Turning the iPhone around, we can examine the 12-megapixel real-depth front-facing camera. F/1.9 is the aperture size. What is depth? It is the technology behind the phones’ emojis and Face ID capabilities. The camera technology is used to generate depth in portrait mode and can also automatically change settings like brightness and volume depending on whether you are paying attention to your phone.
You can access the default camera app in four different ways. The app is easily accessible from the home screen. You can slide down to reveal the camera emblem in this location. After tapping the camera symbol while the screen is locked and holding it, the camera app will launch. You can also make the camera open by double-tapping the Apple logo on the back of the device. Go to settings, accessibility, touch, and turn on the back tap to activate this. Double tapping will activate the camera, and triple tapping will take a screenshot.
iPhone 14 Pro Shooting Modes
We’ve covered camera settings and lenses, so let’s look at shooting modes now. Starting from the left time-lapse is the first. Timelapse 12:25 produces a quick film by shooting your scene at 1 to 2 frames per second over an extended period. A 20-second video will be produced after 10 minutes of recording. Utilizing a tripod is strongly advised. Here, exposure is the only factor you have control over. Exposure and focus are locked when you tap and hold on to the screen. You can change the exposure by sliding down the sun next to it. To make sure nothing is overexposed is better to tone it down a little. The brightness and exposure will adjust automatically wherever you point if you don’t lock them. By pressing the exposure icon or the arrow in the center, you can bring up exposure controls if you only want to control exposure and don’t want to lock focus.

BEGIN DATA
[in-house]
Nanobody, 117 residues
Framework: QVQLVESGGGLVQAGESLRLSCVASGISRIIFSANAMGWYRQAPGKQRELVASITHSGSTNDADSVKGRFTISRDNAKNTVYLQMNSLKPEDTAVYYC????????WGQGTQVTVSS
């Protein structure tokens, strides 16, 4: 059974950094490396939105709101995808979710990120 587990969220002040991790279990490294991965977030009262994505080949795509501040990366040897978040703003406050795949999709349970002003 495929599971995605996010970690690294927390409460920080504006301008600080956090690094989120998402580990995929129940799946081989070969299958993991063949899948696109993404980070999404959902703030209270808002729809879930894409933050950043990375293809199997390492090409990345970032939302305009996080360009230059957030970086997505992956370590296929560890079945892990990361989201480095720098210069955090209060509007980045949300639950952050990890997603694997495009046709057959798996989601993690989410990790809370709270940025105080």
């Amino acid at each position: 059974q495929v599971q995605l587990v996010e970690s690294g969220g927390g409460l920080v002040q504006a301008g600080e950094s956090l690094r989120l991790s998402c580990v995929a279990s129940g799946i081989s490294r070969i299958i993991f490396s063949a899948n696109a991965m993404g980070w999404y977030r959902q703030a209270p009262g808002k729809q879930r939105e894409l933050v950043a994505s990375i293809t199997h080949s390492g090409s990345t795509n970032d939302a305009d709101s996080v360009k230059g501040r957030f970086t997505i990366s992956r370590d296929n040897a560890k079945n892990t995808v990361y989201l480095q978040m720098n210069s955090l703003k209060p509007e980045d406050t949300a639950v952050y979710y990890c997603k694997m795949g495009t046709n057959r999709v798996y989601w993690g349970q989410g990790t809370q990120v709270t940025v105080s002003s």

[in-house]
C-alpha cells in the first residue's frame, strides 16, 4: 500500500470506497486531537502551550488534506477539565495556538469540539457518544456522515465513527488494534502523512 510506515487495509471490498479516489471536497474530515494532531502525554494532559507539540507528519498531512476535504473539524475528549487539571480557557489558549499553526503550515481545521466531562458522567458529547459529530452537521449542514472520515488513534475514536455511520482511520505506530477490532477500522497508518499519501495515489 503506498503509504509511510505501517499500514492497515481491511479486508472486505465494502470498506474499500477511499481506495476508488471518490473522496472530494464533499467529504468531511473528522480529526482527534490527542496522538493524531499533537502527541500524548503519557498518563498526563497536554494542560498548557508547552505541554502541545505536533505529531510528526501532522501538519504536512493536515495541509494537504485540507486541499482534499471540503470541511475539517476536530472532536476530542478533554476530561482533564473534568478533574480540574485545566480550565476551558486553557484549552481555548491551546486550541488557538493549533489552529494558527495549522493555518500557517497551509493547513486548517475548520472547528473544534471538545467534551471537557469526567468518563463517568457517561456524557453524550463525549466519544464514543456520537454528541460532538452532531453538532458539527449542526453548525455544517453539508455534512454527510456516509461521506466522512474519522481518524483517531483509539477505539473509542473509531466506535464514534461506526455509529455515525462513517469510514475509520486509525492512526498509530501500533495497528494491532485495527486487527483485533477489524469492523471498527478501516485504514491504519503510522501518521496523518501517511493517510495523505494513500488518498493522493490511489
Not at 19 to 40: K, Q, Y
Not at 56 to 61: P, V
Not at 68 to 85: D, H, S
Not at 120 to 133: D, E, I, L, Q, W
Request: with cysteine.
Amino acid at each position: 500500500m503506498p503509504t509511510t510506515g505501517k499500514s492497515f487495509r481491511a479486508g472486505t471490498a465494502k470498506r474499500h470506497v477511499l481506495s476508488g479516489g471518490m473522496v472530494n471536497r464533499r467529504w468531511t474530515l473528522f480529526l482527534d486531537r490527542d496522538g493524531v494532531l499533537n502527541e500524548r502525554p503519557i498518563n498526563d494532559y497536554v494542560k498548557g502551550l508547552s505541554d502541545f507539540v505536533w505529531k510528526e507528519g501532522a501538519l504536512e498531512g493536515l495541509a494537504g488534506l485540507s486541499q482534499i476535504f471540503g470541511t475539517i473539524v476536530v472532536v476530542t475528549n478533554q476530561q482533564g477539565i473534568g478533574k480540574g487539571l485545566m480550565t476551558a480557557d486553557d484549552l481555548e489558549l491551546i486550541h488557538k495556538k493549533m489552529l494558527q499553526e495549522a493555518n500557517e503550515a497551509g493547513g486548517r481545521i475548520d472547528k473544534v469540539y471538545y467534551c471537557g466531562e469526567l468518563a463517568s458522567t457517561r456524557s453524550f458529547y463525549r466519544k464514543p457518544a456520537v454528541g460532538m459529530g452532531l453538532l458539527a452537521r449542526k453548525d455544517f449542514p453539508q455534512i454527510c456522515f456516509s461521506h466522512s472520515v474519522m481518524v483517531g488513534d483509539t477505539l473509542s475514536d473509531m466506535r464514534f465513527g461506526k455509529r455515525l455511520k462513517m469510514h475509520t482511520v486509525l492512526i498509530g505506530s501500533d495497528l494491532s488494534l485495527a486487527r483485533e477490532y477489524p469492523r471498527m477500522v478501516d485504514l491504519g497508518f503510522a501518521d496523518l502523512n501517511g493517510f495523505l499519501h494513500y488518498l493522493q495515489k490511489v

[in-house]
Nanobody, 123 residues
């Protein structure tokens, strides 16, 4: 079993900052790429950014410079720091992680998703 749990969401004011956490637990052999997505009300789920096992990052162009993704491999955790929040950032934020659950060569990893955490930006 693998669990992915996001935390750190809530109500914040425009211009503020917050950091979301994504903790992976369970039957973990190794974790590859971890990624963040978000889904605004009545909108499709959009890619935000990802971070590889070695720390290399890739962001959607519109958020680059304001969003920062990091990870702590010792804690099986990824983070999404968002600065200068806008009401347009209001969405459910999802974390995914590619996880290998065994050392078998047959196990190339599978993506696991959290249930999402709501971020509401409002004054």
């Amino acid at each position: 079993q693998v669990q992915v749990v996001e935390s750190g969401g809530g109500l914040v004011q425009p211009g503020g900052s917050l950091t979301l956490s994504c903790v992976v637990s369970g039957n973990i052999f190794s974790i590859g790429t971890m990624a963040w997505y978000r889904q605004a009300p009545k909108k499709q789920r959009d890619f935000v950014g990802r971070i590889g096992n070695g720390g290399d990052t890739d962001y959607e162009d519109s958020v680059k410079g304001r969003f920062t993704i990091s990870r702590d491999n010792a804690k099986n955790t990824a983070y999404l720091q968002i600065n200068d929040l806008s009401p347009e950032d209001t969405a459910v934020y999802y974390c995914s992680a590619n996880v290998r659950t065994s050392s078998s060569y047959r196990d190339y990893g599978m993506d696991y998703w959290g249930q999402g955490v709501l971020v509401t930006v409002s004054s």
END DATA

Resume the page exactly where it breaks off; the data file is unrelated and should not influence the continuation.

By just moving your fingertips up and down the screen, you can also slide out the controls. You can now change the brightness by sliding left or right to where you want it. When finished, close the control by touching plus or minus on either the circle icon or this icon at the top. You can use all of the lenses to capture time lapses. Telephoto, regular, and ultrawide. You can also produce a hyper-lapse in this mode, which is distinct from a timelapse. When the camera is set in one place, a timelapse occurs. Hyper lapse describes how you will be moving, such as while you are walking. Using a stabilizer will yield the greatest results. You can use any gimbal. Gimbal apps typically have adventurous time-lapses and motion lapses if you’ll be utilizing one.
Either 120fps (frames per second) or even 240fps can be used to record slow motion. You have the option of shooting both in HD, which will result in greater quality, or 240fps at 720p if you only require a reduced file size. All three lenses are available for use, and you can also adjust exposure and switch on a light if necessary if you’re filming in low light.
The focus and digital aperture adjustments are crucial for producing cinematic video. We use the word “digital” because, unlike optical, it is produced by software. Additionally, you can improve digital stabilization with this setting. In addition to 1080p HD at 30fps, you can record 4K video at 24 or 30 fps. We typically shoot in 4K at a frame rate of 24fps, but if you want to give your footage a slightly dreamlike appearance, we can use 30fps and then slow it down 80% in the post. Music videos frequently adopt this approach. You can film using a selfie camera, telephoto lens, and regular lens. It’s crucial to choose the right exposure before you start filming. This can only be done in this mode using the exposure slider. If necessary, you can also turn on the video light.